Renderings are becoming reality all around Villanova’s campus. The pedestrian bridge spanning Lancaster Avenue, which opened in the spring, was the backdrop for hundreds of photos by graduates looking for one last iconic moment as Villanova students. The new residence hall community along Lancaster Avenue has gone from a skeletal structure to a completed façade, with stonework to match other campus buildings. Finneran Pavilion has a new glass entrance, and the finishing touches are being applied before a grand re-opening in the fall, while Mendel Field is undergoing the final phase of a project to add walkways, terraces and patios this summer. And since breaking ground on the project earlier this year, the Performing Arts Center at the corner of Lancaster and Ithan avenues has started to take shape.
A major event this spring was the opening of the new pedestrian bridge. The elevated walkway extends from the Villanova Station on SEPTA’s Norristown High Speed Line to the newly expanded plaza in front of St. Thomas of Villanova Church. The orchard lining the walk has been replanted and the pillar caps that read “Villanova College” have been incorporated into the new design.
The bridge offers more than a safe way for Villanova students, faculty and staff, and visitors to traverse the busy, four-lane road that cuts through campus. It also acts as a connector between the University’s main campus and the new development taking shape along Lancaster Avenue.
The new residence halls along Lancaster Avenue will open in time for move-in at the start of the fall 2019 semester. The complex will provide a variety of living options and include apartments, suites and single rooms with 1,135 beds for upperclass students, allowing 85 percent of undergraduates to live on campus.
Student-centered amenities in the new halls will include two fitness centers, collaborative workspaces and outdoor courtyards. There will also be a market-style convenience store, and a full-service restaurant that will be designed as a gathering space for the entire community, including students, faculty and staff, alumni and visitors.
Construction began in spring 2018 on the final piece of the complex: a Performing Arts Center. Scheduled to open in 2020, the facility will unite the University’s artistic community under one roof, enriching Villanova’s campus and enhancing opportunities across disciplines. Serving as home to the Villanova Theatre program, as well as other music, performance and dance activities, it will provide a destination where students, faculty, parents, alumni and members of the local community can share their passion for the arts.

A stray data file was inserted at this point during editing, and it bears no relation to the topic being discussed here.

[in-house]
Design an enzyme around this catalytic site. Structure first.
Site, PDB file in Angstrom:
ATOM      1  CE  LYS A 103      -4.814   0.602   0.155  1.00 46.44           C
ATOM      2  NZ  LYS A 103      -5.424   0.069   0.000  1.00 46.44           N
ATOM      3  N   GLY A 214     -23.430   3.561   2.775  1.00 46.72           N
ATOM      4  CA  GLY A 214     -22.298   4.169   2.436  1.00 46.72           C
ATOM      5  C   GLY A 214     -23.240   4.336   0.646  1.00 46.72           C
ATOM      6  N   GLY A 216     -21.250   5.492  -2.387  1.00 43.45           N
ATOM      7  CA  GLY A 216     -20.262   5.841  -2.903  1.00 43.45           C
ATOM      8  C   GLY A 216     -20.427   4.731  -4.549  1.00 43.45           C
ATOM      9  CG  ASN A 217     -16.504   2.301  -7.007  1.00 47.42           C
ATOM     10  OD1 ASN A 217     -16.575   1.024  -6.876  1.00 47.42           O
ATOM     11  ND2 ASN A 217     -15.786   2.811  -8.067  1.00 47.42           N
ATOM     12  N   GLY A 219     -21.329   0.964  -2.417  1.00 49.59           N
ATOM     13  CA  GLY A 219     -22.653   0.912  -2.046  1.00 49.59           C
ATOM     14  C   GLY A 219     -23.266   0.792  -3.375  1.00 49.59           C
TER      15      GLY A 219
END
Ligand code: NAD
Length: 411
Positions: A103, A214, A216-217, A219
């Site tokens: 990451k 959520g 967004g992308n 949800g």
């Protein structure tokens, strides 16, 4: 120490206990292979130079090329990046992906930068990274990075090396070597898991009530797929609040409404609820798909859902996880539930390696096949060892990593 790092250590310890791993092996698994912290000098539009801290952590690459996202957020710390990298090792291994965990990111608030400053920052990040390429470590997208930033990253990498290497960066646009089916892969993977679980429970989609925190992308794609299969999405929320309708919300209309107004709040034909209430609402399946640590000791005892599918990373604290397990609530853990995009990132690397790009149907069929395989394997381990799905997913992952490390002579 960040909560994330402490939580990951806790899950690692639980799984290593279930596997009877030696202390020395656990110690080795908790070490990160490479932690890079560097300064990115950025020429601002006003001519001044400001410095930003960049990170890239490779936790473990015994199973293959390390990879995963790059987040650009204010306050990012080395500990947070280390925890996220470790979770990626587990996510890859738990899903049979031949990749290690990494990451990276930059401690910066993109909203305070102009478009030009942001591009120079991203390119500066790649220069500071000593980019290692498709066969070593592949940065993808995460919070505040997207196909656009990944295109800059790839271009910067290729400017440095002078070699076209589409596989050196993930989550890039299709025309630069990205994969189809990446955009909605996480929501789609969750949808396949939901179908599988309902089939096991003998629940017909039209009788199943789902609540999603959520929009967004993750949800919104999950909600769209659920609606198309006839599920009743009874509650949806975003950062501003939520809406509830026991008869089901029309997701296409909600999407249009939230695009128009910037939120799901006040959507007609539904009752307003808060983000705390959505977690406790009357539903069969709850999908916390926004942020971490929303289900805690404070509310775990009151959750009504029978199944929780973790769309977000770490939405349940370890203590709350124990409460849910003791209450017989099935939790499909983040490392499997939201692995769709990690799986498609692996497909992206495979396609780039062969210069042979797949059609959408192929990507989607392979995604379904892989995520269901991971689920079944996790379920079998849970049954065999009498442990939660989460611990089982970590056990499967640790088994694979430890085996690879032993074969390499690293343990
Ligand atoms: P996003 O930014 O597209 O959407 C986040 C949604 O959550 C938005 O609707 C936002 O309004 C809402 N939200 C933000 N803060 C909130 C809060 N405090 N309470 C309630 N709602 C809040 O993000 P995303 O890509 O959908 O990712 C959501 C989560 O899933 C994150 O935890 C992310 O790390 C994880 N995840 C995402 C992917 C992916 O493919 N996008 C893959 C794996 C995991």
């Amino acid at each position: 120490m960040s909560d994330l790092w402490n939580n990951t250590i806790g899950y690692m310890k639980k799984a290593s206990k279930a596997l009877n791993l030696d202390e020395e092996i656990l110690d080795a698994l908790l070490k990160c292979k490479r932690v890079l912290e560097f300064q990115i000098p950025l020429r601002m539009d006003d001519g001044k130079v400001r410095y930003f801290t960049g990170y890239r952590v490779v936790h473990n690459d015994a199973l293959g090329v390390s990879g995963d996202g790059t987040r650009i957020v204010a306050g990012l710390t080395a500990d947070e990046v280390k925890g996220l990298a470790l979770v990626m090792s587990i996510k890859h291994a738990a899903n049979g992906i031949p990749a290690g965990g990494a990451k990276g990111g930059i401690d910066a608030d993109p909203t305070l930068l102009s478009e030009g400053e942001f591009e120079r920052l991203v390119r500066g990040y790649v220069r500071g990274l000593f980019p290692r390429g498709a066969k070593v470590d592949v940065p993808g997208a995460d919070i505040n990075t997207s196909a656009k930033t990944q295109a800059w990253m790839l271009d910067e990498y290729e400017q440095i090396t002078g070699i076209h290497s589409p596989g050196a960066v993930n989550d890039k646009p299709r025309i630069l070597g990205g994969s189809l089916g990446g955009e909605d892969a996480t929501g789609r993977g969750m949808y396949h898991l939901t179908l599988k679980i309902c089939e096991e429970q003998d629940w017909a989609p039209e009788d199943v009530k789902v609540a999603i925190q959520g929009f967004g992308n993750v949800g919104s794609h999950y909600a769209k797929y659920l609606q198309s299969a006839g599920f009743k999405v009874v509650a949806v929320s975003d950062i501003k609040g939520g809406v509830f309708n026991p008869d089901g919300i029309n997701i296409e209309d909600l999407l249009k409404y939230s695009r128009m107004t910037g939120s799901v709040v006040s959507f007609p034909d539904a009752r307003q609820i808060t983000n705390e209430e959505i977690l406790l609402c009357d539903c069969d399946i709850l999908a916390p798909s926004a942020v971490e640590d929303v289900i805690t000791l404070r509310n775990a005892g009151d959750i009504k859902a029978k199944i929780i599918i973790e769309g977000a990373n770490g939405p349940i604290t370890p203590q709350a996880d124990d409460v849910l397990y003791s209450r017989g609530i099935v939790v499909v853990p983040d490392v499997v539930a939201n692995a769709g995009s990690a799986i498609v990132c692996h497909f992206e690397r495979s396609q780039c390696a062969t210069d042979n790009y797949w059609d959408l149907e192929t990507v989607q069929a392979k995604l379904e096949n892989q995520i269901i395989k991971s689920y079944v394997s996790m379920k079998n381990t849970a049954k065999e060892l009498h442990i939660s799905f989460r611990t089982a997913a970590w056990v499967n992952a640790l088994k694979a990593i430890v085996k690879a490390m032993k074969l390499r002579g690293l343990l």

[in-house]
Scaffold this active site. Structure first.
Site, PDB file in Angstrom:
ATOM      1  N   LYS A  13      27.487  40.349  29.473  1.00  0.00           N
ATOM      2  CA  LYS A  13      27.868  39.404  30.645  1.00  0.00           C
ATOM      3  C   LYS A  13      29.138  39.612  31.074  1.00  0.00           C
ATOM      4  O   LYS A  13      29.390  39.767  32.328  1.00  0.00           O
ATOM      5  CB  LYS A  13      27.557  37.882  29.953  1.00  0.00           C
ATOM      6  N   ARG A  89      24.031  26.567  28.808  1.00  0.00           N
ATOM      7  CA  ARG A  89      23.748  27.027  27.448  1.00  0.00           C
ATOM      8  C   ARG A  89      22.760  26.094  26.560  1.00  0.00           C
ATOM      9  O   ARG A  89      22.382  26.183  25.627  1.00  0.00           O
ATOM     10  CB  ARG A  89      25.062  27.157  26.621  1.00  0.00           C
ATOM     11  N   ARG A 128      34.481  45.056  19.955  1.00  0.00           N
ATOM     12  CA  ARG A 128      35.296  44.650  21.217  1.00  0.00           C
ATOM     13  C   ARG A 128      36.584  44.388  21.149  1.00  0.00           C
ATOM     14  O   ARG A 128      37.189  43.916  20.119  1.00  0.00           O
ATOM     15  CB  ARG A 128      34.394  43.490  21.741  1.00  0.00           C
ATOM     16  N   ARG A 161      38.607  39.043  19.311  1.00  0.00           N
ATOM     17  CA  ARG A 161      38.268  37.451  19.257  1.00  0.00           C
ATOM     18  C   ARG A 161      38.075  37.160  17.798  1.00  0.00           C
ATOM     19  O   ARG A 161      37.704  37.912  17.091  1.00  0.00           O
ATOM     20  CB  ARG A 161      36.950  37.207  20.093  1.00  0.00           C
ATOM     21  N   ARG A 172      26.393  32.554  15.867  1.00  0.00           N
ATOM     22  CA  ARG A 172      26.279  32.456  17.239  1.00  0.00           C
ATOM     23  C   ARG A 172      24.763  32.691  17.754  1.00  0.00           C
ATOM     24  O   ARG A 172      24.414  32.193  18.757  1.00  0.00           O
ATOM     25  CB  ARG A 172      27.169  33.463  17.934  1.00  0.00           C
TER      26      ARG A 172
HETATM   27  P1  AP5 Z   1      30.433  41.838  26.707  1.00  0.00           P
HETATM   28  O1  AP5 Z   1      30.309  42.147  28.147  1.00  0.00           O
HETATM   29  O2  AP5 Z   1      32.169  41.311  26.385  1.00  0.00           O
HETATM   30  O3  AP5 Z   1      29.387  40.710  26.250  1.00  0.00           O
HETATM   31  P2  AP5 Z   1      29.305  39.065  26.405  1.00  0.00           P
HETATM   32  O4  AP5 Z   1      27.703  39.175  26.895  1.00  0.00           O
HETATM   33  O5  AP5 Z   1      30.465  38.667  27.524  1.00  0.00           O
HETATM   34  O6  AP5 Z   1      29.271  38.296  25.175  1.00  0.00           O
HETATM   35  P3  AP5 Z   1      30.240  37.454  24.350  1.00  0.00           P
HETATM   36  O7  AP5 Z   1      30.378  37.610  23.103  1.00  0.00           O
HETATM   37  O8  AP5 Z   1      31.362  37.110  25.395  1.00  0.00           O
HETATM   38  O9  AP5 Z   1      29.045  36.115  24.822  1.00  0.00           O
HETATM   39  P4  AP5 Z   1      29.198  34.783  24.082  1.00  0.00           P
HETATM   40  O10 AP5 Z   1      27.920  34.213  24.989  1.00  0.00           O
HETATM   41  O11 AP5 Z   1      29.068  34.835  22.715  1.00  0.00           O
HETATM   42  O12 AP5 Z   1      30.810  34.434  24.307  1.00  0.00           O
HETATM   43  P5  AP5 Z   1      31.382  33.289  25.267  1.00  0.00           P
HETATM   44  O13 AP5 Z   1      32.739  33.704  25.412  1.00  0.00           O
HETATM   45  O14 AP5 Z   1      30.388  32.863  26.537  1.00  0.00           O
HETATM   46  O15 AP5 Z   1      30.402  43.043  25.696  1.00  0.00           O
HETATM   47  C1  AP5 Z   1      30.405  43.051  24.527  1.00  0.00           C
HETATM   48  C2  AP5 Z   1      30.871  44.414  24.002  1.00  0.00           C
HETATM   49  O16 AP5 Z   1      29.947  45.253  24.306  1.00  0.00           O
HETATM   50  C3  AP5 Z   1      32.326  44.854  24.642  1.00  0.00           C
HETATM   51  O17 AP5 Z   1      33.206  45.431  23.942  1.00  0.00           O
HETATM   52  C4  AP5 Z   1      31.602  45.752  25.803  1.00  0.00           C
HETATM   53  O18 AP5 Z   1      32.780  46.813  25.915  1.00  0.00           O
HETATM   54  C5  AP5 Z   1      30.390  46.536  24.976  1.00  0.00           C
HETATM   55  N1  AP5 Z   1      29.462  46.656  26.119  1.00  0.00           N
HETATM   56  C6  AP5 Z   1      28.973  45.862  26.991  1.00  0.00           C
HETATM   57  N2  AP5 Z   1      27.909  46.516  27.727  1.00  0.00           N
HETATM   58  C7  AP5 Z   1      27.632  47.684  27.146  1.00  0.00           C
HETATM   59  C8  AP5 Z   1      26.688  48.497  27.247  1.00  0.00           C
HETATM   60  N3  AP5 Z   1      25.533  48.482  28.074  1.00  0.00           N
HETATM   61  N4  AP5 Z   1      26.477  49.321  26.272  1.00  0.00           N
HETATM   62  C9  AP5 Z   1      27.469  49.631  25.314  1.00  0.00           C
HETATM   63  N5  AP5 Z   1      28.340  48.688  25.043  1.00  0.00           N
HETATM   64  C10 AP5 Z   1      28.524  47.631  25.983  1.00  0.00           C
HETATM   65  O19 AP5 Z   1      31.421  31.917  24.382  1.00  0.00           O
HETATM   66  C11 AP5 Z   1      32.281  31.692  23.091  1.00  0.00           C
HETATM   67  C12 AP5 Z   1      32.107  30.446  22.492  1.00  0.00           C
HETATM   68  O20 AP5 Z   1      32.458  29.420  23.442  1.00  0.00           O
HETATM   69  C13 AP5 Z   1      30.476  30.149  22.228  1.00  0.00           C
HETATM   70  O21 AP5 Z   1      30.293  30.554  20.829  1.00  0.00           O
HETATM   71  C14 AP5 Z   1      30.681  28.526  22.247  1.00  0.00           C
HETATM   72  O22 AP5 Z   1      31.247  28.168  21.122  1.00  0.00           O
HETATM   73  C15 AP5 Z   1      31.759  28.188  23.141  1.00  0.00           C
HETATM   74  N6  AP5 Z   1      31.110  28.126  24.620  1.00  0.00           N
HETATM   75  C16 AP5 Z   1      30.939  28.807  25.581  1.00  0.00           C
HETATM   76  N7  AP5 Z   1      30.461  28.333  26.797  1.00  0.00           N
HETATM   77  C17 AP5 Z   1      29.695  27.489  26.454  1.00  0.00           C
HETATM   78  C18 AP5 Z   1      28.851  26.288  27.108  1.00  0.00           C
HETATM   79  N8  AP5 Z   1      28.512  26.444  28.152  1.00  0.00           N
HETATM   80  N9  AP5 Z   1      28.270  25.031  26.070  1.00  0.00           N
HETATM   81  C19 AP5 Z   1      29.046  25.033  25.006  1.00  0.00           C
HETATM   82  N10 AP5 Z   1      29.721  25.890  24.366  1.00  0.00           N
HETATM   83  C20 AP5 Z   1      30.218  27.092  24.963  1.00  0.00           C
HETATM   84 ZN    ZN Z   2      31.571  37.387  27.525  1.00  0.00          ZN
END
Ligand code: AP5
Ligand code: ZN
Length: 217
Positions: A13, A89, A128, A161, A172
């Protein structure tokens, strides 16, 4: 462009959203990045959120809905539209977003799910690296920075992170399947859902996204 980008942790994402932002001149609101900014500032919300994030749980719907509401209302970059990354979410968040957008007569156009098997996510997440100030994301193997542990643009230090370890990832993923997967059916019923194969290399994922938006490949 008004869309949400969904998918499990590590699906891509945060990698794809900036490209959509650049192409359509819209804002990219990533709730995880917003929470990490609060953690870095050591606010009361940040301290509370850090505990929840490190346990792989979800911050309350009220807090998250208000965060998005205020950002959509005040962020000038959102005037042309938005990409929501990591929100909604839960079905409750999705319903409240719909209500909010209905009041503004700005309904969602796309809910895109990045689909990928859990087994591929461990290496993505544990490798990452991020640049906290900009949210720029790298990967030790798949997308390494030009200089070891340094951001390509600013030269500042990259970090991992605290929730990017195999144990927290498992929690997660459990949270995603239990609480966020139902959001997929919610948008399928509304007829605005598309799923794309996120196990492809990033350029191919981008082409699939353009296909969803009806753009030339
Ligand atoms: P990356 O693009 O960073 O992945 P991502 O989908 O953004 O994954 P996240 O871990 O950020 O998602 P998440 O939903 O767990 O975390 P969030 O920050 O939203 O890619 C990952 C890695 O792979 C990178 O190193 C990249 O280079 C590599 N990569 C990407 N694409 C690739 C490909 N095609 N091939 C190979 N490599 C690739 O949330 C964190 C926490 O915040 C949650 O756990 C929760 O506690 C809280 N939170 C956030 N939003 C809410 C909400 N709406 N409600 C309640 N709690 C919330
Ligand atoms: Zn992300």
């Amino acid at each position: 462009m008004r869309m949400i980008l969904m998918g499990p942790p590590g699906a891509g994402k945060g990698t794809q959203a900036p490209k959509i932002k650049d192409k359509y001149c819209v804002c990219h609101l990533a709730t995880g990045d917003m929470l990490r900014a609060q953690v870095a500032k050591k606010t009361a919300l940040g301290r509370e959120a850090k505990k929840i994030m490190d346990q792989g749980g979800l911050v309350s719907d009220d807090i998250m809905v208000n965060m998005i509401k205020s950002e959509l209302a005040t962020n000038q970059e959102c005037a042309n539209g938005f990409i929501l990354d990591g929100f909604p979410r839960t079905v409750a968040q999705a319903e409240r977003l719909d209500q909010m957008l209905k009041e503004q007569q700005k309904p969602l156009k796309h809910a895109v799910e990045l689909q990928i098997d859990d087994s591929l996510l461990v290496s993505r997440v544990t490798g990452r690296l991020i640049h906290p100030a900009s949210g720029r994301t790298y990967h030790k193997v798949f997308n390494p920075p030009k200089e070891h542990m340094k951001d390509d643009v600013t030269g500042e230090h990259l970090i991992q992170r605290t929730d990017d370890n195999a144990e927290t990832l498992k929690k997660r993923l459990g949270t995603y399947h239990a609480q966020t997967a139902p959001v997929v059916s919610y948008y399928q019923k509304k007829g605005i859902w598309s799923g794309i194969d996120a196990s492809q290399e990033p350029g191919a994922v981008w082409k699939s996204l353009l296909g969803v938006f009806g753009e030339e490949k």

The new center will feature state-of-the-art performance spaces, including a 400-seat proscenium-style theater and a Courtyard Theater, classrooms to support education and artistic innovation, a dance studio and costume and scenery shops.
During summer 2017, the Pavilion was stripped clean of every seat, sign, fixture and floorboard, leaving behind an arena that was empty, yet full of opportunity, as a massive renovation began.
In late 2018, the arena will reopen as the Finneran Pavilion, named for William B. Finneran ’63 VSB, whose $22.6 million leadership gift kick-started the $65 million project. Everything inside will be new, from the scoreboards overhead to the seats along the sidelines.
In 2011, the University launched an ambitious project to create a vehicle-free, pedestrian-friendly campus core. Over the next three years, driveways were transformed into brick-paved walkways with bluestone borders.
Last summer, attention turned to Mendel Field for the latest phase of the initiative.
By the end of the project in fall 2018, there will be new patios in front of Old Falvey, John Barry Hall and St. Thomas of Villanova Monastery, and the now-familiar brick pavers will wrap around a reshaped Mendel Field.
With every project, there is progress you can see, and there is also much happening below the surface and behind the scenes. Innovative stormwater management systems have been designed, installed and managed by a team led by stormwater expert Robert Traver, PhD, PE, DWRE, FEWRI, FASCE, ’82 MS, the Edward Daylor Chair in Civil Engineering, at the site of the new residence halls and at Mendel Field.
Underground utilities have been upgraded, and all new buildings are being constructed to achieve LEED Silver certification or higher by the U.S. Green Building Council, attesting to the achievement of high standards of energy efficiency and sustainability.
Questions and comments are welcomed.